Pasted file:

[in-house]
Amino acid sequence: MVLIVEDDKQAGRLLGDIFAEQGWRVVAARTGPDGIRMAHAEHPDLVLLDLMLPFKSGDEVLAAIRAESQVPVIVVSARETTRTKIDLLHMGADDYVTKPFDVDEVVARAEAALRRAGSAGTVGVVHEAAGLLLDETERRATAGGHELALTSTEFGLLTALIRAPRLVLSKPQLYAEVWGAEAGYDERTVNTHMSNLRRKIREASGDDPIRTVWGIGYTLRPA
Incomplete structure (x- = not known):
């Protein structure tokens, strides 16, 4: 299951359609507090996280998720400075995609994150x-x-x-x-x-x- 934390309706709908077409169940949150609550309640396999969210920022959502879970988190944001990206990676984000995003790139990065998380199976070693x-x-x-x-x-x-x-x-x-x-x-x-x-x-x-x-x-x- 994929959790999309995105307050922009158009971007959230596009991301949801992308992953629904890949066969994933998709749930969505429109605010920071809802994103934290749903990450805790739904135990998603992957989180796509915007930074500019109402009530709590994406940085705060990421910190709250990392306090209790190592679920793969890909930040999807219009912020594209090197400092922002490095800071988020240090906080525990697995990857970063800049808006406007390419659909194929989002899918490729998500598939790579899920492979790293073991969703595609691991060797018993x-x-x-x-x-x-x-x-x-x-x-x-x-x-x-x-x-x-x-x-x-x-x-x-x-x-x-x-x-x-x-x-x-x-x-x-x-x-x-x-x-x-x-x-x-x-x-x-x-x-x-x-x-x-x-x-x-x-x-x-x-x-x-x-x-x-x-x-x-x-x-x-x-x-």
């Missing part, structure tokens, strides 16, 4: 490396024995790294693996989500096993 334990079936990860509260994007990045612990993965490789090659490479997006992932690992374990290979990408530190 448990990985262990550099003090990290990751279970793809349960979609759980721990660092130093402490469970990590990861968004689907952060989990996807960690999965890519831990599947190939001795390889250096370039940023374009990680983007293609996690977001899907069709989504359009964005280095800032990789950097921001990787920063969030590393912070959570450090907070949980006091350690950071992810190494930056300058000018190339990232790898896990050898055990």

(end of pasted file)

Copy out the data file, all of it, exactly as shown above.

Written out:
[in-house]
Amino acid sequence: MVLIVEDDKQAGRLLGDIFAEQGWRVVAARTGPDGIRMAHAEHPDLVLLDLMLPFKSGDEVLAAIRAESQVPVIVVSARETTRTKIDLLHMGADDYVTKPFDVDEVVARAEAALRRAGSAGTVGVVHEAAGLLLDETERRATAGGHELALTSTEFGLLTALIRAPRLVLSKPQLYAEVWGAEAGYDERTVNTHMSNLRRKIREASGDDPIRTVWGIGYTLRPA
Incomplete structure (x- = not known):
């Protein structure tokens, strides 16, 4: 299951359609507090996280998720400075995609994150x-x-x-x-x-x- 934390309706709908077409169940949150609550309640396999969210920022959502879970988190944001990206990676984000995003790139990065998380199976070693x-x-x-x-x-x-x-x-x-x-x-x-x-x-x-x-x-x- 994929959790999309995105307050922009158009971007959230596009991301949801992308992953629904890949066969994933998709749930969505429109605010920071809802994103934290749903990450805790739904135990998603992957989180796509915007930074500019109402009530709590994406940085705060990421910190709250990392306090209790190592679920793969890909930040999807219009912020594209090197400092922002490095800071988020240090906080525990697995990857970063800049808006406007390419659909194929989002899918490729998500598939790579899920492979790293073991969703595609691991060797018993x-x-x-x-x-x-x-x-x-x-x-x-x-x-x-x-x-x-x-x-x-x-x-x-x-x-x-x-x-x-x-x-x-x-x-x-x-x-x-x-x-x-x-x-x-x-x-x-x-x-x-x-x-x-x-x-x-x-x-x-x-x-x-x-x-x-x-x-x-x-x-x-x-x-």
């Missing part, structure tokens, strides 16, 4: 490396024995790294693996989500096993 334990079936990860509260994007990045612990993965490789090659490479997006992932690992374990290979990408530190 448990990985262990550099003090990290990751279970793809349960979609759980721990660092130093402490469970990590990861968004689907952060989990996807960690999965890519831990599947190939001795390889250096370039940023374009990680983007293609996690977001899907069709989504359009964005280095800032990789950097921001990787920063969030590393912070959570450090907070949980006091350690950071992810190494930056300058000018190339990232790898896990050898055990």